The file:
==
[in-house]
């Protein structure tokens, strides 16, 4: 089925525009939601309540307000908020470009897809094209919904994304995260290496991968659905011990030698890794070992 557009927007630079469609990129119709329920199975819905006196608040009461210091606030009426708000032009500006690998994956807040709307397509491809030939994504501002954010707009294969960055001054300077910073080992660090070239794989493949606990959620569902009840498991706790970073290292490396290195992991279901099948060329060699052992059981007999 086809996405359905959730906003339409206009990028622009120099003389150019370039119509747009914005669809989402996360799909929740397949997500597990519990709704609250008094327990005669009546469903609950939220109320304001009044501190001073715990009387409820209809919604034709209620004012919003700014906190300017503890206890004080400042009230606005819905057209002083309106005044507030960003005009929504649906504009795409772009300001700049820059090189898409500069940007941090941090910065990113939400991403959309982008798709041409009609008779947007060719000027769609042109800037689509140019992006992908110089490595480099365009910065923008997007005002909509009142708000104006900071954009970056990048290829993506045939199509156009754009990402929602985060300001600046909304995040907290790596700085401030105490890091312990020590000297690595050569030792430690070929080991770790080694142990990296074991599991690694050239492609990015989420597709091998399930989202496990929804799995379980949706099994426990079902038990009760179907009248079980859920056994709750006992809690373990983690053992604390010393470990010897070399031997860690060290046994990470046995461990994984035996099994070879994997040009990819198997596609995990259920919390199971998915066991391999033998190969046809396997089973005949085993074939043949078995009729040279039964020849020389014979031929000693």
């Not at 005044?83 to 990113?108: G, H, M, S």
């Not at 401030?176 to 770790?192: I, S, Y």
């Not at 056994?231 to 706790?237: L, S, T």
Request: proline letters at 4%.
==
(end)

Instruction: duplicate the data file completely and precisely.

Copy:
[in-house]
């Protein structure tokens, strides 16, 4: 089925525009939601309540307000908020470009897809094209919904994304995260290496991968659905011990030698890794070992 557009927007630079469609990129119709329920199975819905006196608040009461210091606030009426708000032009500006690998994956807040709307397509491809030939994504501002954010707009294969960055001054300077910073080992660090070239794989493949606990959620569902009840498991706790970073290292490396290195992991279901099948060329060699052992059981007999 086809996405359905959730906003339409206009990028622009120099003389150019370039119509747009914005669809989402996360799909929740397949997500597990519990709704609250008094327990005669009546469903609950939220109320304001009044501190001073715990009387409820209809919604034709209620004012919003700014906190300017503890206890004080400042009230606005819905057209002083309106005044507030960003005009929504649906504009795409772009300001700049820059090189898409500069940007941090941090910065990113939400991403959309982008798709041409009609008779947007060719000027769609042109800037689509140019992006992908110089490595480099365009910065923008997007005002909509009142708000104006900071954009970056990048290829993506045939199509156009754009990402929602985060300001600046909304995040907290790596700085401030105490890091312990020590000297690595050569030792430690070929080991770790080694142990990296074991599991690694050239492609990015989420597709091998399930989202496990929804799995379980949706099994426990079902038990009760179907009248079980859920056994709750006992809690373990983690053992604390010393470990010897070399031997860690060290046994990470046995461990994984035996099994070879994997040009990819198997596609995990259920919390199971998915066991391999033998190969046809396997089973005949085993074939043949078995009729040279039964020849020389014979031929000693």
């Not at 005044?83 to 990113?108: G, H, M, S």
């Not at 401030?176 to 770790?192: I, S, Y």
């Not at 056994?231 to 706790?237: L, S, T």
Request: proline letters at 4%.